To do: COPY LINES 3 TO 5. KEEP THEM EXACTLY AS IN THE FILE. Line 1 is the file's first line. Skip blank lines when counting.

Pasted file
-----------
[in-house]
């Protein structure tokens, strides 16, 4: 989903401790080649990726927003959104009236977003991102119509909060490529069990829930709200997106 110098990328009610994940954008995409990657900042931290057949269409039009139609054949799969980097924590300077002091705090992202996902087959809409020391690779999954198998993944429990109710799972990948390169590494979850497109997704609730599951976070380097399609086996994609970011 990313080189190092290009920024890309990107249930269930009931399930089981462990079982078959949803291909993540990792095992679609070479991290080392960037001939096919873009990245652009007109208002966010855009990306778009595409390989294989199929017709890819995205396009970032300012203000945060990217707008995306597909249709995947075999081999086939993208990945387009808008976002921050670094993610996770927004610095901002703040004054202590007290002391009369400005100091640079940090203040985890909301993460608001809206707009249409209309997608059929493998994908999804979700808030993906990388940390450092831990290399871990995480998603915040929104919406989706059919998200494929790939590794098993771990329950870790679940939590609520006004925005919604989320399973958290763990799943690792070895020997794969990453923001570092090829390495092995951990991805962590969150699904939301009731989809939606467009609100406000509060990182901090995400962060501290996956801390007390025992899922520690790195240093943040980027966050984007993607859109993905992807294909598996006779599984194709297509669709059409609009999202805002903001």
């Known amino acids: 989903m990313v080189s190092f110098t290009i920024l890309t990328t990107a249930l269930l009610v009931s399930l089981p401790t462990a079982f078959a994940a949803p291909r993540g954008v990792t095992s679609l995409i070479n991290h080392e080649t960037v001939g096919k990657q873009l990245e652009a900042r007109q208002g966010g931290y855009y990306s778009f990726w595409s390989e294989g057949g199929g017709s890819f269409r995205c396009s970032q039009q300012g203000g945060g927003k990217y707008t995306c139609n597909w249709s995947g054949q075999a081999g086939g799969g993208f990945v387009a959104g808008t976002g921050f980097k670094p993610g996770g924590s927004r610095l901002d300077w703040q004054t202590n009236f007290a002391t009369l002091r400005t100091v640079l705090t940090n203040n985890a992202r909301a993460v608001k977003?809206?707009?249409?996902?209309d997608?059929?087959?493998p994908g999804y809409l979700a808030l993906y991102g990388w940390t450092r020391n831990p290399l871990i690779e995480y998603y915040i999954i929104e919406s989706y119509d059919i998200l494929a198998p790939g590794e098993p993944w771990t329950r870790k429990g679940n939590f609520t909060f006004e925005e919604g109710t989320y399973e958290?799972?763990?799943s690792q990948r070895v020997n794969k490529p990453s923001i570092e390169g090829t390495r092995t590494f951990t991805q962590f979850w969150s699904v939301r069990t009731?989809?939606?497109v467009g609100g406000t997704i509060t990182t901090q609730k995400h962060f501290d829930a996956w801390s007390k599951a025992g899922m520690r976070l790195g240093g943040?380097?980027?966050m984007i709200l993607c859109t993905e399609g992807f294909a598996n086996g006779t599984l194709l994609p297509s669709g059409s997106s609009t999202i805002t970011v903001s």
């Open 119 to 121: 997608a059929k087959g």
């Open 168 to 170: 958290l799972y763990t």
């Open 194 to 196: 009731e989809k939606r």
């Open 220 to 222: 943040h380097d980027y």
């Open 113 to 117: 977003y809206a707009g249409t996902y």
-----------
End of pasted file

């Known amino acids: 989903m990313v080189s190092f110098t290009i920024l890309t990328t990107a249930l269930l009610v009931s399930l089981p401790t462990a079982f078959a994940a949803p291909r993540g954008v990792t095992s679609l995409i070479n991290h080392e080649t960037v001939g096919k990657q873009l990245e652009a900042r007109q208002g966010g931290y855009y990306s778009f990726w595409s390989e294989g057949g199929g017709s890819f269409r995205c396009s970032q039009q300012g203000g945060g927003k990217y707008t995306c139609n597909w249709s995947g054949q075999a081999g086939g799969g993208f990945v387009a959104g808008t976002g921050f980097k670094p993610g996770g924590s927004r610095l901002d300077w703040q004054t202590n009236f007290a002391t009369l002091r400005t100091v640079l705090t940090n203040n985890a992202r909301a993460v608001k977003?809206?707009?249409?996902?209309d997608?059929?087959?493998p994908g999804y809409l979700a808030l993906y991102g990388w940390t450092r020391n831990p290399l871990i690779e995480y998603y915040i999954i929104e919406s989706y119509d059919i998200l494929a198998p790939g590794e098993p993944w771990t329950r870790k429990g679940n939590f609520t909060f006004e925005e919604g109710t989320y399973e958290?799972?763990?799943s690792q990948r070895v020997n794969k490529p990453s923001i570092e390169g090829t390495r092995t590494f951990t991805q962590f979850w969150s699904v939301r069990t009731?989809?939606?497109v467009g609100g406000t997704i509060t990182t901090q609730k995400h962060f501290d829930a996956w801390s007390k599951a025992g899922m520690r976070l790195g240093g943040?380097?980027?966050m984007i709200l993607c859109t993905e399609g992807f294909a598996n086996g006779t599984l194709l994609p297509s669709g059409s997106s609009t999202i805002t970011v903001s």
């Open 119 to 121: 997608a059929k087959g």
């Open 168 to 170: 958290l799972y763990t």